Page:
A hernia is an abnormal opening or a defect in a body cavity that allows structures that are normally contained within the walls of that cavity to protrude or stick out. The abdominal cavity is surrounded by a combination of muscles, bony structures (ribs, spine, and pelvic bones), and fibrous tissue (fascia or aponeurosis) which holds the structures together. There are natural openings in the abdominal cavity which are there to allow structures like blood vessels and parts of the gastrointestinal tract to pass in and out of the cavity. Some of these are places where hernias can occur. For instance, a hernia that occurs where the esophagus enters the abdomen from the chest is called a hiatal hernia, and a hernia that occurs in the area where the femoral blood vessels pass from the abdomen into the legs is called a femoral hernia.
OTHER HERNIA RELATED DEFINITIONS:
HERNIA DEFECT: The actual weakness or opening in the abdominal wall.
HERNIA CONTENTS: The organs or fat coming through the defect.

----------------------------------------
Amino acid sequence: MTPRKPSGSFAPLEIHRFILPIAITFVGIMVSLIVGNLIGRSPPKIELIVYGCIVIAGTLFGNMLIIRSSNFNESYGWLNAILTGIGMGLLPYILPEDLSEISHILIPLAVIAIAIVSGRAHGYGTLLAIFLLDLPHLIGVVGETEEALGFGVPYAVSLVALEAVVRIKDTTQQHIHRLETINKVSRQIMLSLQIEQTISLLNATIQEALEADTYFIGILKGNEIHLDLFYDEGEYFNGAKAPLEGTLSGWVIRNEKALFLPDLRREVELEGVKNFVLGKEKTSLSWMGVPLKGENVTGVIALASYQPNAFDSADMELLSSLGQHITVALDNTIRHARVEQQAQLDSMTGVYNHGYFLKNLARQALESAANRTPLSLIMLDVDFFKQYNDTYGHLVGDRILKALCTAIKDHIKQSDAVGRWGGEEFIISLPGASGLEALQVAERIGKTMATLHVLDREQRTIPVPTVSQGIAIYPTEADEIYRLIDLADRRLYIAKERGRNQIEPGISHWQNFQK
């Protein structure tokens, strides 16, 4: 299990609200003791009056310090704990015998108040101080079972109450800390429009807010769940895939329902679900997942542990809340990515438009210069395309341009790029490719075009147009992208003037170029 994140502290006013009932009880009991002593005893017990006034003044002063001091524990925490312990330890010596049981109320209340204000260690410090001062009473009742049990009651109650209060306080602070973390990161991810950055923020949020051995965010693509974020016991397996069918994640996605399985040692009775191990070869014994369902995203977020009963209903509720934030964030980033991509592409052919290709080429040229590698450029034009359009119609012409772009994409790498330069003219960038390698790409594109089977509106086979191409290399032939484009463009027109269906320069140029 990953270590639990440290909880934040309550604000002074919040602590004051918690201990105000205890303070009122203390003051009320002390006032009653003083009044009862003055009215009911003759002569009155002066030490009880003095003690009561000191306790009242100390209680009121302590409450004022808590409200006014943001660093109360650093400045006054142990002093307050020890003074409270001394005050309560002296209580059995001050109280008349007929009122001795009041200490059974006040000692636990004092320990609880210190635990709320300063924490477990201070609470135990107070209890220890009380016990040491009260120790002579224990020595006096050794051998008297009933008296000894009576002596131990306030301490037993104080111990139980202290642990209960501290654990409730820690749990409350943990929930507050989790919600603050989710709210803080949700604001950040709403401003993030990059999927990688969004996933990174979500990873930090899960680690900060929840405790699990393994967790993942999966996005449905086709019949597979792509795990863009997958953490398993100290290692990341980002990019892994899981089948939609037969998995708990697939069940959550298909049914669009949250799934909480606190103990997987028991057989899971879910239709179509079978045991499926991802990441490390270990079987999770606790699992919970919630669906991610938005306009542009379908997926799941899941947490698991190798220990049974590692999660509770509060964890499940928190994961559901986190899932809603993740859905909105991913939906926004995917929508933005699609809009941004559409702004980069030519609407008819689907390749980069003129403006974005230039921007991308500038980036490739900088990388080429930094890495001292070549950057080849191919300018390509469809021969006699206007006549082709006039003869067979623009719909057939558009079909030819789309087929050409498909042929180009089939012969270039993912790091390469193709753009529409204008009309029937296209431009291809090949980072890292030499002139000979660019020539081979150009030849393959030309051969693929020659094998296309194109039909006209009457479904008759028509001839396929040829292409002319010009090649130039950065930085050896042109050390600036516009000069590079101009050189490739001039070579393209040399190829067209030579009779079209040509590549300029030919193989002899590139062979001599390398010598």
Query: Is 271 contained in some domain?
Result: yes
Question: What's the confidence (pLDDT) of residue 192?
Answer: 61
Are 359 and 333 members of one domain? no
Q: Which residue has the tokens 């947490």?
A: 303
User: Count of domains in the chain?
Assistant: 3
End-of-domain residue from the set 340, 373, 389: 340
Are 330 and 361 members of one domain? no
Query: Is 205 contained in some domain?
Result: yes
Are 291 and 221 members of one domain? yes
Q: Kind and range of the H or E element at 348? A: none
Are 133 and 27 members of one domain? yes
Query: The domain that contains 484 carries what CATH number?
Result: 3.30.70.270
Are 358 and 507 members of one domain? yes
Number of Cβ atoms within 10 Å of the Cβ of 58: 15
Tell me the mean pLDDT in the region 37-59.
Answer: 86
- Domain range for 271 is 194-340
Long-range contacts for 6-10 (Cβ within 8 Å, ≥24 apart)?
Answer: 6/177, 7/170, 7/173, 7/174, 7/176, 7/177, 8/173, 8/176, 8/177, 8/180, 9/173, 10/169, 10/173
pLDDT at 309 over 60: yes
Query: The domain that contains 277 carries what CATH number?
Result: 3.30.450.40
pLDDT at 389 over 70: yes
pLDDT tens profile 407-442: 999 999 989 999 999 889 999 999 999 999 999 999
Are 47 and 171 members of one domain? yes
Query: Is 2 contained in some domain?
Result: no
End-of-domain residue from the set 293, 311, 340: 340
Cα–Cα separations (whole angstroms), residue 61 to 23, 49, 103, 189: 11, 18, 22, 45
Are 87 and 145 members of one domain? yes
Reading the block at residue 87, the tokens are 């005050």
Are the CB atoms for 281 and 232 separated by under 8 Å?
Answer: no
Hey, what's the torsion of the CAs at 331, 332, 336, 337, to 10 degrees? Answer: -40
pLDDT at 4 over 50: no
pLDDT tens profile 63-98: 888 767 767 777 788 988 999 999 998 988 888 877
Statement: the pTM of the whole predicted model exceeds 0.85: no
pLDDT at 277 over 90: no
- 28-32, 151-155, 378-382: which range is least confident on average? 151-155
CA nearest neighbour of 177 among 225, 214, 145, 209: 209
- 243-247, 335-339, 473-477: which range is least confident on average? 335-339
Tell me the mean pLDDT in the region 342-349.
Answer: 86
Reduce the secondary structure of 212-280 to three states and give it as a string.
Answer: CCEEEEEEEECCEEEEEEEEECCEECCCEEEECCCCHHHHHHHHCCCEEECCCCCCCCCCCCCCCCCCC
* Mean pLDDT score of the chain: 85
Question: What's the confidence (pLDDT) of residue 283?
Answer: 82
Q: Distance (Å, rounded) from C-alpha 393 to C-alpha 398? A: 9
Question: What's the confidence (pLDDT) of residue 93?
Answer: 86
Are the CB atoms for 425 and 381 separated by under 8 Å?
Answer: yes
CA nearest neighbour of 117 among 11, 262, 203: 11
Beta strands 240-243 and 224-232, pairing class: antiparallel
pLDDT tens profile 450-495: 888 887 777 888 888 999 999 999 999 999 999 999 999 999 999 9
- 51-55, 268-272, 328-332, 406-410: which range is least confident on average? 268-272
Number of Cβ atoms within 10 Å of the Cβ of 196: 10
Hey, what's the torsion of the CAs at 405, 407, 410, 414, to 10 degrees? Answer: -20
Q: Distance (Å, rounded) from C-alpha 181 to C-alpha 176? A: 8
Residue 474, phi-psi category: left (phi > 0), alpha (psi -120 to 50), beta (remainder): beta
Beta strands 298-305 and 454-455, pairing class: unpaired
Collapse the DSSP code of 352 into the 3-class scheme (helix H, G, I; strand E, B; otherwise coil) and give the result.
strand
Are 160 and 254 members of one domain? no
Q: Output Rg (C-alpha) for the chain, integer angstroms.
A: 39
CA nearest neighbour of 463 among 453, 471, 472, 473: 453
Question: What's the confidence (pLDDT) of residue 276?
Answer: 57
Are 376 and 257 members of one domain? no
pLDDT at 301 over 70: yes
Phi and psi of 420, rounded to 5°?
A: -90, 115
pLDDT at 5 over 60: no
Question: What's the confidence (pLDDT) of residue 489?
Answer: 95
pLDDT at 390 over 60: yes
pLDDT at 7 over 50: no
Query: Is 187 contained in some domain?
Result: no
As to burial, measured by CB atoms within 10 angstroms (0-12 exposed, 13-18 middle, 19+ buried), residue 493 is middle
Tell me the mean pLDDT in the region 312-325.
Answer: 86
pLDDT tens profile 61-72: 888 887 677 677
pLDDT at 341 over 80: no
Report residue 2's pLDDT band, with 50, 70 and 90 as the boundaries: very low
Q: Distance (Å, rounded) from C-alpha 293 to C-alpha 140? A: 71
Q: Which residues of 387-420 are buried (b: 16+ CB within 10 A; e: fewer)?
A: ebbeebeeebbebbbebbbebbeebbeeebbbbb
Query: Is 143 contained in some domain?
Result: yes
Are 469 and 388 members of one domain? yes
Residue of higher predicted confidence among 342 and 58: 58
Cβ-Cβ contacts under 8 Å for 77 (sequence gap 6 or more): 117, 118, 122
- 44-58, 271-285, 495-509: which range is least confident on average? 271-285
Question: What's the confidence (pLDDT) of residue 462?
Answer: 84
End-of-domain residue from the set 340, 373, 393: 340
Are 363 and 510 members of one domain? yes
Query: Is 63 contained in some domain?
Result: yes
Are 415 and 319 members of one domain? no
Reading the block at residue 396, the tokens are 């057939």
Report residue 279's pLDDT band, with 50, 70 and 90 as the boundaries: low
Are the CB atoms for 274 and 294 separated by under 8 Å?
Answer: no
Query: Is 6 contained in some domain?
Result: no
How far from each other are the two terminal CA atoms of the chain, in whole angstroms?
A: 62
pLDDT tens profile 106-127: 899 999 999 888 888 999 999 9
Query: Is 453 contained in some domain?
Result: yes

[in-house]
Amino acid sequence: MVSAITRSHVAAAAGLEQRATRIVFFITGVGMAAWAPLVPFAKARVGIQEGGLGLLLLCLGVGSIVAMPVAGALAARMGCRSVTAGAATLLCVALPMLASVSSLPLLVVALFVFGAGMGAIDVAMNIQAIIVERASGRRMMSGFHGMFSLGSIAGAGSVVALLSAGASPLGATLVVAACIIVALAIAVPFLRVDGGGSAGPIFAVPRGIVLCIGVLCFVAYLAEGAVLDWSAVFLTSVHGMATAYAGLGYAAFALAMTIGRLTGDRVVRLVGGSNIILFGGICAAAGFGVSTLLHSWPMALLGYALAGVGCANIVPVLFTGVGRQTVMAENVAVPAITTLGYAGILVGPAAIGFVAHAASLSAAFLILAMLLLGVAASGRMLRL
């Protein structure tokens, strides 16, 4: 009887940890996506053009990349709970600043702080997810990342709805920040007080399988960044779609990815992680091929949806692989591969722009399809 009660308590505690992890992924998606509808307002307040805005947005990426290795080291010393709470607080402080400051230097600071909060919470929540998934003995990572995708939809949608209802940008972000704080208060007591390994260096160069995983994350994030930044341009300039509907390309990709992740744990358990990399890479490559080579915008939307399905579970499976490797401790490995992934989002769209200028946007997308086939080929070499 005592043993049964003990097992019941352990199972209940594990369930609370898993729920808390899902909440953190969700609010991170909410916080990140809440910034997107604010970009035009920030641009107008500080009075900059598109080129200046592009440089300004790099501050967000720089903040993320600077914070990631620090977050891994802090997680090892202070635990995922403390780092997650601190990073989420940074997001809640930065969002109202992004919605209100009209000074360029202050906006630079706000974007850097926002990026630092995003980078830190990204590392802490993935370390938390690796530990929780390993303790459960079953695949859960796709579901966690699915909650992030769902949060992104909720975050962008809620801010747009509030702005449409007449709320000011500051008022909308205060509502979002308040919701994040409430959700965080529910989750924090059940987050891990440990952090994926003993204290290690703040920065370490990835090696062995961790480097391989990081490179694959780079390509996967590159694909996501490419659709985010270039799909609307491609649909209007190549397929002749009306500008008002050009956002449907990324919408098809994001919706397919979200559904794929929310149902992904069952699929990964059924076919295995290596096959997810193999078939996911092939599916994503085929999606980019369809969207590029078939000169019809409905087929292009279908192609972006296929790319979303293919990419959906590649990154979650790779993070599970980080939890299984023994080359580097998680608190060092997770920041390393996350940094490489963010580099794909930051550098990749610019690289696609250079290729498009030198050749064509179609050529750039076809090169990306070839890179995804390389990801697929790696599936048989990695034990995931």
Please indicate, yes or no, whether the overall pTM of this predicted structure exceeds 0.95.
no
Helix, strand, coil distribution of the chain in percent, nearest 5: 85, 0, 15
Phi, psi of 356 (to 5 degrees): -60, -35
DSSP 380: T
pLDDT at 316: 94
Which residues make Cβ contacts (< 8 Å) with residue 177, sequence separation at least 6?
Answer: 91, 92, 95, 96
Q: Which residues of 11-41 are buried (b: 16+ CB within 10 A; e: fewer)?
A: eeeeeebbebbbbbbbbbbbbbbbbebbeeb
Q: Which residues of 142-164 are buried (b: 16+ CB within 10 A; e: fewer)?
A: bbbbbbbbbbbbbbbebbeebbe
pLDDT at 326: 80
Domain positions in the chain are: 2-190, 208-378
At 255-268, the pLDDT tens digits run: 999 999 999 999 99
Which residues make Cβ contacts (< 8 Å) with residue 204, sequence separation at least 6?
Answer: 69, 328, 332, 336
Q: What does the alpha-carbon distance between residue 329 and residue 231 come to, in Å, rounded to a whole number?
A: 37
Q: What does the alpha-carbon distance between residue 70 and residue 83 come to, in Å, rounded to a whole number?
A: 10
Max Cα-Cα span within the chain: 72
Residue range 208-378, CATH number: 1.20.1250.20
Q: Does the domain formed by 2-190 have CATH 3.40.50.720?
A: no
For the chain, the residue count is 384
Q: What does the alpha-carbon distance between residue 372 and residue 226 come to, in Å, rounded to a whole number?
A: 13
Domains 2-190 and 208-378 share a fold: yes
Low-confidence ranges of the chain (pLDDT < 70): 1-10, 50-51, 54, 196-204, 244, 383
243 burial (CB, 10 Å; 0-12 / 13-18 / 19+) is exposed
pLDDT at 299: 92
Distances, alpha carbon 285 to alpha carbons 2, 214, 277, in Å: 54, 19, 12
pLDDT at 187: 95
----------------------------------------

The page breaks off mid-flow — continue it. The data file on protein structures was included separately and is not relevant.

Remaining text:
HERNIA SAC: The lining of the hernia may have an extension of the inside of the abdominal cavity (peritoneum) into which the contents of the hernia can come out and go back inside.
HERNIORRHAPHY or HERNIOPLASTY: The operation to repair a hernia.
HERNIA SIZE: This can refer to either the size of the defect or to how much of the intra-abdominal contents are herniating through the defect – more contents coming through create a larger bulge. Generally, hernias that are not repaired will increase in size over time.
SCROTAL HERNIA: A hernia which has contents that drop into the scrotum is called a scrotal hernia.
REDUCIBLE HERNIA: A hernia which can be pushed back in is called a reducible hernia.
INCARCERATED HERNIA: A hernia which has contents that are stuck outside the defect and cannot be pushed back inside is an incarcerated hernia. This may occur over a long period of time. Sometimes it occurs suddenly and may lead to strangulation of the hernia contents – this may require emergency surgery.
STRANGULATION: An incarcerated hernia in which the blood supply to the contents has been cut off by pressure inside the hernia, leading to death of the tissues.
RECURRENT HERNIA: A hernia which has been repaired before and has come back again.
DIASTASIS RECTI: A separation of the rectus muscles that causes a linear bulge in the mid-line of the abdomen when one sits up.